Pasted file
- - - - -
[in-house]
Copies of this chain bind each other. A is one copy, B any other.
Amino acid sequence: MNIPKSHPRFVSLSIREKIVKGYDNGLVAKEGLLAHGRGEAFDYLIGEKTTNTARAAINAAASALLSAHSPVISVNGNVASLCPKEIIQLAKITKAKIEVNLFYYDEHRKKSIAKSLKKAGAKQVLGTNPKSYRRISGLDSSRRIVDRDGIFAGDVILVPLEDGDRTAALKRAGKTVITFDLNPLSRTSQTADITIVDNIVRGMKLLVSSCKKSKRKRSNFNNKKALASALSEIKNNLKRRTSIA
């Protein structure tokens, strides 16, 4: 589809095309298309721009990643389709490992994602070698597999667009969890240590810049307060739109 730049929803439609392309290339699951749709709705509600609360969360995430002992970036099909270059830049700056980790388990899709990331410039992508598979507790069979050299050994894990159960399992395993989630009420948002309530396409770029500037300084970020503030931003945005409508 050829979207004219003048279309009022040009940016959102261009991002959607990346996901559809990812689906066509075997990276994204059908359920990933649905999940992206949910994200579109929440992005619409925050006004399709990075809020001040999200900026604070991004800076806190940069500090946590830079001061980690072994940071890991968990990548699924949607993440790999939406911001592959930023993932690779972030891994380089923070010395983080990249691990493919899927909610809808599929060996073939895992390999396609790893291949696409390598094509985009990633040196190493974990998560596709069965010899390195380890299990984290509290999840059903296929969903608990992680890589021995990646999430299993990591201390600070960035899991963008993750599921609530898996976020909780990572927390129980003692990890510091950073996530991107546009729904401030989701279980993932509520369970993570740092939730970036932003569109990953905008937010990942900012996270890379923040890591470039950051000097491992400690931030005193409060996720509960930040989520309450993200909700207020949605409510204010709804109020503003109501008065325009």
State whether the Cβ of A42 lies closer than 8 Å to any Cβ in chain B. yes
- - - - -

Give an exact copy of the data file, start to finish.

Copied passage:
[in-house]
Copies of this chain bind each other. A is one copy, B any other.
Amino acid sequence: MNIPKSHPRFVSLSIREKIVKGYDNGLVAKEGLLAHGRGEAFDYLIGEKTTNTARAAINAAASALLSAHSPVISVNGNVASLCPKEIIQLAKITKAKIEVNLFYYDEHRKKSIAKSLKKAGAKQVLGTNPKSYRRISGLDSSRRIVDRDGIFAGDVILVPLEDGDRTAALKRAGKTVITFDLNPLSRTSQTADITIVDNIVRGMKLLVSSCKKSKRKRSNFNNKKALASALSEIKNNLKRRTSIA
């Protein structure tokens, strides 16, 4: 589809095309298309721009990643389709490992994602070698597999667009969890240590810049307060739109 730049929803439609392309290339699951749709709705509600609360969360995430002992970036099909270059830049700056980790388990899709990331410039992508598979507790069979050299050994894990159960399992395993989630009420948002309530396409770029500037300084970020503030931003945005409508 050829979207004219003048279309009022040009940016959102261009991002959607990346996901559809990812689906066509075997990276994204059908359920990933649905999940992206949910994200579109929440992005619409925050006004399709990075809020001040999200900026604070991004800076806190940069500090946590830079001061980690072994940071890991968990990548699924949607993440790999939406911001592959930023993932690779972030891994380089923070010395983080990249691990493919899927909610809808599929060996073939895992390999396609790893291949696409390598094509985009990633040196190493974990998560596709069965010899390195380890299990984290509290999840059903296929969903608990992680890589021995990646999430299993990591201390600070960035899991963008993750599921609530898996976020909780990572927390129980003692990890510091950073996530991107546009729904401030989701279980993932509520369970993570740092939730970036932003569109990953905008937010990942900012996270890379923040890591470039950051000097491992400690931030005193409060996720509960930040989520309450993200909700207020949605409510204010709804109020503003109501008065325009």
State whether the Cβ of A42 lies closer than 8 Å to any Cβ in chain B. yes